A. The best example of a successful effort to increase wealth through homeownership in the U.S. took place after the devastating poverty caused by the 1929 market crash and the ensuing Great Depression. The U.S. developed several agencies, including the Federal Home Loan Bank Act, the Home Ownership Corporation (HOLC) of 1933, and the Federal Housing Agency (FHA) of 1934 to help farmers keep their farms and build and finance home buying. The creation of Fannie Mae in 1938 and the Veterans Administration (VA) loan program of 1945 also contributed to an increase in white middle income homeownership. Implemented after World War II by Canada and the U.S., the Marshall Plan, provided resources to build millions of homes in three years in the areas in Europe destroyed by Allied and Nazi bombing. Both of these examples demonstrate how such programs can produce a huge boost to the economy by providing jobs to build homes, supply materials, create infrastructure, and financial investments. They also boost consumer spending as new homeowners need appliances, furniture, insurance and many other household items. Unfortunately, families of color were legally discriminated and excluded from benefiting from these U.S. programs due to a system called “redlining.”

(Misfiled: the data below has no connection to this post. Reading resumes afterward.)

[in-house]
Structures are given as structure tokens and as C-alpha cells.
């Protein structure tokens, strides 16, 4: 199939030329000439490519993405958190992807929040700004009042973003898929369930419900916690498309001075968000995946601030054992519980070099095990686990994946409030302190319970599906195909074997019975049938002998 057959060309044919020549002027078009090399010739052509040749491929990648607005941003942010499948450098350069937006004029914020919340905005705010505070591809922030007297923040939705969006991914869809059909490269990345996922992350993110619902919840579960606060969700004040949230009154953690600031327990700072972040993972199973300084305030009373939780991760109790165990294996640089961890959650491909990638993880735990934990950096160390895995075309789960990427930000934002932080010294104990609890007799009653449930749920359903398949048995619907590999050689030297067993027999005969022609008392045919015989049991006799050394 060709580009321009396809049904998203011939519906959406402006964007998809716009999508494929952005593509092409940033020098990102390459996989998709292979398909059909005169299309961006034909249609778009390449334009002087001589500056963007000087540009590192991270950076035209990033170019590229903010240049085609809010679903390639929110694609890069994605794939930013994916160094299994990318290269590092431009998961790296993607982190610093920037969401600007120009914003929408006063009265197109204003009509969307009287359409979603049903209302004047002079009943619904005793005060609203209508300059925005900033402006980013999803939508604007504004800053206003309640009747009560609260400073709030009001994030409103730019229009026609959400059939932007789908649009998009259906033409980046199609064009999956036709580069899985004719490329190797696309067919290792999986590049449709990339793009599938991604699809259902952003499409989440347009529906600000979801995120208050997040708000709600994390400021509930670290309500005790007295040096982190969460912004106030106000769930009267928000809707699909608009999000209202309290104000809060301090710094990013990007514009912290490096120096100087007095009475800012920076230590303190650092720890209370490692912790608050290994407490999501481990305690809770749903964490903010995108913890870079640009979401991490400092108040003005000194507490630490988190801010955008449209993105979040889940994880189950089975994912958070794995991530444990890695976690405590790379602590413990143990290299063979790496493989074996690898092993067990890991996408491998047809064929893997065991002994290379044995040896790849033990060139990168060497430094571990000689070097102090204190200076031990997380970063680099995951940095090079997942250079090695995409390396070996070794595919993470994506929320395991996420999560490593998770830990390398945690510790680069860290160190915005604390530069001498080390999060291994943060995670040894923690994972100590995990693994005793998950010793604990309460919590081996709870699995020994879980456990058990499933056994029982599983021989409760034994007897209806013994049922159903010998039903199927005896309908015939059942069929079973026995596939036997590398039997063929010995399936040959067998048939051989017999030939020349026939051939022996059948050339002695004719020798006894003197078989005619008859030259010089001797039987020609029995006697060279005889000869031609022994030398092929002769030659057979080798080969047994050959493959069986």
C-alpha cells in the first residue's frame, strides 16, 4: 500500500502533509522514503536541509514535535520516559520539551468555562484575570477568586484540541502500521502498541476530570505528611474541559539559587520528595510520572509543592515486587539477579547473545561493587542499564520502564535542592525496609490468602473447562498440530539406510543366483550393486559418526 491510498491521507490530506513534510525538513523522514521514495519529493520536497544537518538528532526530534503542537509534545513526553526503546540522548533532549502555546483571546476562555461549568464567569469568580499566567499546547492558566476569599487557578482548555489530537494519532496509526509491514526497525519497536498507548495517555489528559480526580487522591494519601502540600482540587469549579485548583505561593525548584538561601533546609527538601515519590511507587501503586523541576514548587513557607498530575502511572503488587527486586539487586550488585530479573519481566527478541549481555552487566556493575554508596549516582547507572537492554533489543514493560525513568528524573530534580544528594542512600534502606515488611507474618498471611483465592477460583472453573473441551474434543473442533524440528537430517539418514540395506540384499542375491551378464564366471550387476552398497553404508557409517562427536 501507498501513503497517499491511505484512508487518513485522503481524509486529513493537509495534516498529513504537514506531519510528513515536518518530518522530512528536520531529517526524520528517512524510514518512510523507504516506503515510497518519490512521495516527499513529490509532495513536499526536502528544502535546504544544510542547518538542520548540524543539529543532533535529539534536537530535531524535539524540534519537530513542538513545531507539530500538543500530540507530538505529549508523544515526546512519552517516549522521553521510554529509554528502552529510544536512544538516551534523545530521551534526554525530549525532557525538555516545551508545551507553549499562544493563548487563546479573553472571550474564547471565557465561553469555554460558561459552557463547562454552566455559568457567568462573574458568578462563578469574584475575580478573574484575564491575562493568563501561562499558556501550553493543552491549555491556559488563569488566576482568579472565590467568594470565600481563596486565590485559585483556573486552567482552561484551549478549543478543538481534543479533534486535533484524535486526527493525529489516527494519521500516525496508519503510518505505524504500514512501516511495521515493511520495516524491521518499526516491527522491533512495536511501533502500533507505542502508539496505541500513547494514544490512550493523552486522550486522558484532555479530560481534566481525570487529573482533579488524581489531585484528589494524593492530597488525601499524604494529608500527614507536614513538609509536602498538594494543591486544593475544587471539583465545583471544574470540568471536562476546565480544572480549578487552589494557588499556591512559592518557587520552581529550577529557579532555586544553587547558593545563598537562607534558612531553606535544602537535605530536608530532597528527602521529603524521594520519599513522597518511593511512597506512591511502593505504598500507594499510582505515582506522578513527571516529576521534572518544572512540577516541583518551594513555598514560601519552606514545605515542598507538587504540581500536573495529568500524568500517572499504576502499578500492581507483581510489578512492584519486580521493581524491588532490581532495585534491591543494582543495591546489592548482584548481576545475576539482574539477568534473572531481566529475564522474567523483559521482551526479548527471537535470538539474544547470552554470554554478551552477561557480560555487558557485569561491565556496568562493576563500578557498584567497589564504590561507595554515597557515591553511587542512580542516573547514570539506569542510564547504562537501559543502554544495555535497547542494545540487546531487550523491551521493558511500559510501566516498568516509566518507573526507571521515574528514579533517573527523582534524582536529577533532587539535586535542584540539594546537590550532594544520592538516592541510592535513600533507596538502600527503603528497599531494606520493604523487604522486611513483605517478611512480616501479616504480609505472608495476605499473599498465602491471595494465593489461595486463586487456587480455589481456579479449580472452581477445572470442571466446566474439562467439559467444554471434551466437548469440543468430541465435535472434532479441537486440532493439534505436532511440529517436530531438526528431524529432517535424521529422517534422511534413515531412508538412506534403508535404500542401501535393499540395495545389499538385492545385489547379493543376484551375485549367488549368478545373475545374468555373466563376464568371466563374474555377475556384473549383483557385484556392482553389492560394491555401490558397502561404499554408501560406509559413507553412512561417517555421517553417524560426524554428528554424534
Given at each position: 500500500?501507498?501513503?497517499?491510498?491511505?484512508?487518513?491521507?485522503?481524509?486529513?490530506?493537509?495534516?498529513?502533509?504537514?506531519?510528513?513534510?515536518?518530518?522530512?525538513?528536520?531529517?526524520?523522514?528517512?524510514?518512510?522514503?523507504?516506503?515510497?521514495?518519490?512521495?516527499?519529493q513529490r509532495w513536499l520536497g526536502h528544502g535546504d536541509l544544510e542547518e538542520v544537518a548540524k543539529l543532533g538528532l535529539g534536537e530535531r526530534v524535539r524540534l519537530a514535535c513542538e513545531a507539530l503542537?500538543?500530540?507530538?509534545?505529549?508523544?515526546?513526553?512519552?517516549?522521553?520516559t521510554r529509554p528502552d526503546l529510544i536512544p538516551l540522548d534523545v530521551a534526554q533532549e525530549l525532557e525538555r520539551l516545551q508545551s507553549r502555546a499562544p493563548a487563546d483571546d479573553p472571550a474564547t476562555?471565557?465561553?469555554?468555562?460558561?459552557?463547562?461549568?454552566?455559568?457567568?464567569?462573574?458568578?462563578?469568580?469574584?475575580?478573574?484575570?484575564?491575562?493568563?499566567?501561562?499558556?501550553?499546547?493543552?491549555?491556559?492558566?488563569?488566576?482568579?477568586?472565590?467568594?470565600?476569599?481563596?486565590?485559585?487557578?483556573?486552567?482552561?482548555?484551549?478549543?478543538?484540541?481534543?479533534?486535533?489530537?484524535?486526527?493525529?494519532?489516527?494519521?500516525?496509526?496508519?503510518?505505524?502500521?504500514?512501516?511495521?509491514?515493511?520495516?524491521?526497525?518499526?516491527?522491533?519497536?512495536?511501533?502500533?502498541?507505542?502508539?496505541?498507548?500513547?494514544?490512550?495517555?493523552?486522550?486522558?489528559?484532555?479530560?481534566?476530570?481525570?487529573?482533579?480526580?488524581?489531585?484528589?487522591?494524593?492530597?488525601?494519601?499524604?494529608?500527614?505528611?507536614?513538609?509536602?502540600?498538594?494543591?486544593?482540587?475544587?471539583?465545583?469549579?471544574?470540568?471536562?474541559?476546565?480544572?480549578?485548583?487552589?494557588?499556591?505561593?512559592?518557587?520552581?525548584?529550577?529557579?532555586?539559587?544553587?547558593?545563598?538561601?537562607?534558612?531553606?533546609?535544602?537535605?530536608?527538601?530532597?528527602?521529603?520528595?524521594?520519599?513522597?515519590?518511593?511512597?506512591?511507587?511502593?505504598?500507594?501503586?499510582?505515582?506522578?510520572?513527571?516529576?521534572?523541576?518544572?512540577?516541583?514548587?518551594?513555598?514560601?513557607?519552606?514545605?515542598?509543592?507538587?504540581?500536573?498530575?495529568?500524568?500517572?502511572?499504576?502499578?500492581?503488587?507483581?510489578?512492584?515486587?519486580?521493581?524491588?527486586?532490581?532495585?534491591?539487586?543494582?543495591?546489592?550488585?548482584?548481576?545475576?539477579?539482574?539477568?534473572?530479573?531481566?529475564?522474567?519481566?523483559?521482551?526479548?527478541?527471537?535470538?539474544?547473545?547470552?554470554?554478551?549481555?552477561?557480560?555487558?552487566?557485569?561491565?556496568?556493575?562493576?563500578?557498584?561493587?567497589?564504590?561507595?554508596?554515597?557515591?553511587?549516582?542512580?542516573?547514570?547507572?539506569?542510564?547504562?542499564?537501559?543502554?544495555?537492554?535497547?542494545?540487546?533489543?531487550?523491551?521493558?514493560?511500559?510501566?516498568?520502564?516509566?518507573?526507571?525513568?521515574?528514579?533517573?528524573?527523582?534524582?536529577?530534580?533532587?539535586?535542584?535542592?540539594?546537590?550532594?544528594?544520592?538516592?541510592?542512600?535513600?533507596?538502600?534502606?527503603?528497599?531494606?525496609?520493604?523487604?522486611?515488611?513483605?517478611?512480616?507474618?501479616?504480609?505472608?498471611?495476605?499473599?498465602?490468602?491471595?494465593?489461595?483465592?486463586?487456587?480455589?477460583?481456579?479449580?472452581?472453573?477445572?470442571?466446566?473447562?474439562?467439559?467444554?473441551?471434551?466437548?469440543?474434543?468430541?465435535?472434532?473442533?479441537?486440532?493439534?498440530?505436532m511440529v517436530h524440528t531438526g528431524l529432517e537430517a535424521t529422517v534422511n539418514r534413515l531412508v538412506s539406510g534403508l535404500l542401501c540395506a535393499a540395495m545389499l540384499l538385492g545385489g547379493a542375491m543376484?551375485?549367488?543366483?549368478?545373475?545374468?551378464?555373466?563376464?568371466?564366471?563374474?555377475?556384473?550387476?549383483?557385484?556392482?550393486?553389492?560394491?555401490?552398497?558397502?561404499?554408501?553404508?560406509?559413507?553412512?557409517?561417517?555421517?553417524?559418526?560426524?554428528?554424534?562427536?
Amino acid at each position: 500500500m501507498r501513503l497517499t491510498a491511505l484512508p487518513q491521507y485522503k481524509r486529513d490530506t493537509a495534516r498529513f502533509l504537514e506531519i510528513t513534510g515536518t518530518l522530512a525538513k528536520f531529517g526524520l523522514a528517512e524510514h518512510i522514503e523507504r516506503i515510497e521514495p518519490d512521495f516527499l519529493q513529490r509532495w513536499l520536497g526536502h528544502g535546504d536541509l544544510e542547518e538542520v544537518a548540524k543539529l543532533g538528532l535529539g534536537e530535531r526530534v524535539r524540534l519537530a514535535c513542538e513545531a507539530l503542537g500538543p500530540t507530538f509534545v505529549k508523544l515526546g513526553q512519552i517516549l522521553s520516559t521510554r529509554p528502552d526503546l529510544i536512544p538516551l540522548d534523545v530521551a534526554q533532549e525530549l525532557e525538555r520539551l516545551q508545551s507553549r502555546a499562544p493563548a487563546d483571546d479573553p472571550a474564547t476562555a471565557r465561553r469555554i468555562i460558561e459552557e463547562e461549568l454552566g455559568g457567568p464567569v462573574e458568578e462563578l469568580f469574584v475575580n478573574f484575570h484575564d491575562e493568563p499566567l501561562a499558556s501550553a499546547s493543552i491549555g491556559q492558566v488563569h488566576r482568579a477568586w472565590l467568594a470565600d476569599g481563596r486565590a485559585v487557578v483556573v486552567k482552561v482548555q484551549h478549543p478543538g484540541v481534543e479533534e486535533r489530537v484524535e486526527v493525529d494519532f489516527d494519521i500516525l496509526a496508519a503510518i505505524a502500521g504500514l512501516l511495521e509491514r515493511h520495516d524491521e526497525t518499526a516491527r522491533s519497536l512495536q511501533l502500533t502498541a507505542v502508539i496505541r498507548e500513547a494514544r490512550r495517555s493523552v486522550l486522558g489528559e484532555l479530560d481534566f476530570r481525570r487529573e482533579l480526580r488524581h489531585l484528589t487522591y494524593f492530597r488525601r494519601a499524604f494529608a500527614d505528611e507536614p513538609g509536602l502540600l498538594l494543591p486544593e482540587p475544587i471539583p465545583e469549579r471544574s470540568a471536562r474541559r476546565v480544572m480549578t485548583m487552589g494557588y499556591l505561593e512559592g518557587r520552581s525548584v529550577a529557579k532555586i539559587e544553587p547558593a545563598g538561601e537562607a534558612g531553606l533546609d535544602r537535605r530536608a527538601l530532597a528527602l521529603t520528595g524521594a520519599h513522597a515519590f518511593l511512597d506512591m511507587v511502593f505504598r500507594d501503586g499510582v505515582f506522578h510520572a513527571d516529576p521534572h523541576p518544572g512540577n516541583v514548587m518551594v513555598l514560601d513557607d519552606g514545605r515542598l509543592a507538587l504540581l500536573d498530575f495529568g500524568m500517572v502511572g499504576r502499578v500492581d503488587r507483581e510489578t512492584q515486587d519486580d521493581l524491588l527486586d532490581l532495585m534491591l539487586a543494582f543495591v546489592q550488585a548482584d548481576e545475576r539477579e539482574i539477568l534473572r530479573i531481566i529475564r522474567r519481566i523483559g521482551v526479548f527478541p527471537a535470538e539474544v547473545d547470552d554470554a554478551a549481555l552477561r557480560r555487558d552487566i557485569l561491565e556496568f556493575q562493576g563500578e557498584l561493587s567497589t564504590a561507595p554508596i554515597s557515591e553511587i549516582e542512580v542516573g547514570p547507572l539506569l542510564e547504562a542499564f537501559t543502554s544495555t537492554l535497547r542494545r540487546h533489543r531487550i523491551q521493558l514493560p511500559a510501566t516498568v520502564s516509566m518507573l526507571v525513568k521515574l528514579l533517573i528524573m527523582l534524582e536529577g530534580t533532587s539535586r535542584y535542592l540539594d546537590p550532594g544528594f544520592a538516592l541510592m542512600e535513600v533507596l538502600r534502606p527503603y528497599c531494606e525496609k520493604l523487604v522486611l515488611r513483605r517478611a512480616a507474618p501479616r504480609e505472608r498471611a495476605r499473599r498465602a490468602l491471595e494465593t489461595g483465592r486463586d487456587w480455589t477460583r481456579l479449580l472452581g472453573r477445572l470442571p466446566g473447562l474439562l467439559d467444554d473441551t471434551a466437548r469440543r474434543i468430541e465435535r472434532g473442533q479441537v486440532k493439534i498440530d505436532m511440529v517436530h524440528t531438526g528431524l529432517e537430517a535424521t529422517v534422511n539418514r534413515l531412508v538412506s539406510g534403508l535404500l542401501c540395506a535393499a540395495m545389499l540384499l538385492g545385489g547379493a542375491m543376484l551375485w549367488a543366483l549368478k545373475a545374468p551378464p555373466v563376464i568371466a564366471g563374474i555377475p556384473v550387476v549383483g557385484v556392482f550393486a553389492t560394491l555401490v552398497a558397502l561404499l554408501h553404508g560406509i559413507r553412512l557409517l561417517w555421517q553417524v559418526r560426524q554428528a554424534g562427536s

Q. How will building homes for low-income minority families be attractive to financial institutions?
A. While minority families as a whole earn less than white families, a sizeable minority of these families are middle-income earners. These families make up a very large untapped market and could make a fair profit for the institutions that can provide the appropriate products.
Q. What makes you think these families want to own homes?